receives from layers above it when mineralized
    water drips from the soil above.
  • C Horizon - Also called regolith the layer
    beneath the B Horizon and above the R Horizon. It
    consists of slightly broken-up bedrock. Plant
    roots do not penetrate into this layer very
    little organic material is found in this layer.
  • R Horizon - The unweathered rock (bedrock) layer
    that is beneath all the other layers

49
(No Transcript)
50
Science and Agriculture
  • Science is the study of or the explanation of
    natural phenomena.
  • Agriculture is the most important of all sciences
    because we depend on agriculture for basic
    survival needs.
  • With out soil there would be no plants, with out
    plants there would be no animals, and you are an
    animal.

51
Growing plants
  • Plants provide our food with food, us with food,
    and clothing.
  • But what else do plants provide us with?
  • Medicines, vaccines, antibodies LIFE!

52
The Importance of Plants in Our Daily Lives
  • Plants provide us with the basis of survival.
  • Wheat and Barley are among the oldest known
    cultivated crops.
  • Plants can thrive without people and animals
    however, people and animals can NOT survive
    without plants.
  • Plants provide us with food, oxygen, fossil
    fuels, and prevent the erosion of soil.

53
Importance of Plants (continued)
  • Herbivores consume approximately 10 of the plant
    biomass produced in a typical food chain.
  • Carnivores capture and consume about 10 of the
    energy stored by the herbivores.

54
The Significance of the Binomial System of Naming
Plants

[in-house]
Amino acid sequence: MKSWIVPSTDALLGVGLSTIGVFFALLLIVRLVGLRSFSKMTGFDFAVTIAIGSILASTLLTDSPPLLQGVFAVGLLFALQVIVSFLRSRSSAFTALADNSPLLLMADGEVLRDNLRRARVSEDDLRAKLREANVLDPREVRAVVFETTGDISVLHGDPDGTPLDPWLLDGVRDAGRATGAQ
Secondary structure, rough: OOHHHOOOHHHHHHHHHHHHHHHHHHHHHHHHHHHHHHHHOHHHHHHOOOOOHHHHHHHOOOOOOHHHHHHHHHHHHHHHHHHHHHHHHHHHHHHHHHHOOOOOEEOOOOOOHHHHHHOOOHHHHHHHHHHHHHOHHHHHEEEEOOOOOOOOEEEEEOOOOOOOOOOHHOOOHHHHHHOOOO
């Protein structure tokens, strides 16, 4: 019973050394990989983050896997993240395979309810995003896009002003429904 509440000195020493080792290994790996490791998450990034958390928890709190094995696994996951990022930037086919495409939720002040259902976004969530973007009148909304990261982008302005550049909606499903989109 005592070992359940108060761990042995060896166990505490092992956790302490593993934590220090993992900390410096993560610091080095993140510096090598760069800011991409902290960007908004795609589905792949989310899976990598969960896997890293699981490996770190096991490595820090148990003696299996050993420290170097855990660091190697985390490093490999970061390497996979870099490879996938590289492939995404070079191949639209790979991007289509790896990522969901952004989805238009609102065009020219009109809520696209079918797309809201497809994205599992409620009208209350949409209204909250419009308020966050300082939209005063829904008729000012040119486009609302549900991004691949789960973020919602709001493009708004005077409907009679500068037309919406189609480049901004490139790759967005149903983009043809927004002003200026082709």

• There are over 500,000 different recognized
    plants in the world.
  • The Binomial System was developed by Carolus
    Linnaeus.

55
The Significance of the Binomial System of Naming
Plants (continued)
  • First word is the genus
  • Second word is the species
  • Third word is the authority of abbreviation

56
The Four Major Plant Parts
  • Roots
  • Stems
  • Leaves
  • Flowers

57
Plant Root
  • Underground parts of most plants
  • Absorb water and minerals
  • Store starch as food reserve
  • Anchor the plant

58
Root Systems
  • Taproots have a dominant main segment and are a
    characteristic of many dicot plants
  • Fibrous roots have no dominant segment

59
The Function of Root Hairs
  • Root hairs are found behind the root cap
  • They absorb moisture and minerals which are
    conducted to the larger roots and stem of the
    plant

60
Root Hairs
61
Root Hairs
62
Stems
  • Act as channels through which water and
    photosynthetic food products pass.
  • Stems may be above or below ground

63
Above Ground Stems
  • Small Stems carrots and dandelion
  • Climbing Stems ivy and pod beans
  • Creeping Stems (Stolons) bentgrass

64
Below Ground Stems
  • Tubers potatoes
  • Bulbs tulip and crocus
  • Rhizomes zoysiagrass

65
Leaves
  • Make Food for the Plant

66
The Function of the Phloem
  • Phloem is active in conducting photosynthetic
    sugars from the leaves to the root

67
The Function of the Xylem
  • The xylem conducts water and minerals from the
    soil to above ground plant parts

68
Monocots and Dicots
  • Plants having a single cotyledon (seed leaf) are
    monocots
  • Plants having more than one cotyledon
  • Student Assignment Compare and contrast the
    difference in seed leafs between corn and green
    beans.

69
Types of Leaf Arrangements
70
The Function of the Stoma
  • Stomas are openings within the epidermis
  • They allow air to enter the leaf and water vapor
    and oxygen to move out

71
The Function of the Guard Cell
  • One of the two epidermal cells in a plant leaf
  • Guard Cells enclose a stome

72
The Function of the Chloroplasts
  • Chloroplasts are plastids containing chlorophyll
  • Absorb energy of light
  • Separate H (hydrogen) from 02 (oxygen) in a
    molecule of H2 O (water)

73
Respiration
  • Opposite of Photosynthesis
  • Respiration is the release of energy from a plant
    that was captured and stored by photosynthesis
  • Equation of Respiration
  • C6H1206 6H2O 6O2 6CO2 12H2O energy

74
Transpiration
  • Transpiration is the upward pull of water started
    by the evaporation of molecules

75
Photosynthesis
  • Photosynthesis is the process by which green
    plants manufacture food
  • Light Energy (solar) is converted to chemical
    energy
  • Photosynthesis Equation
  • 6CO2 6H2O sunlight C6H12O6 6O2

76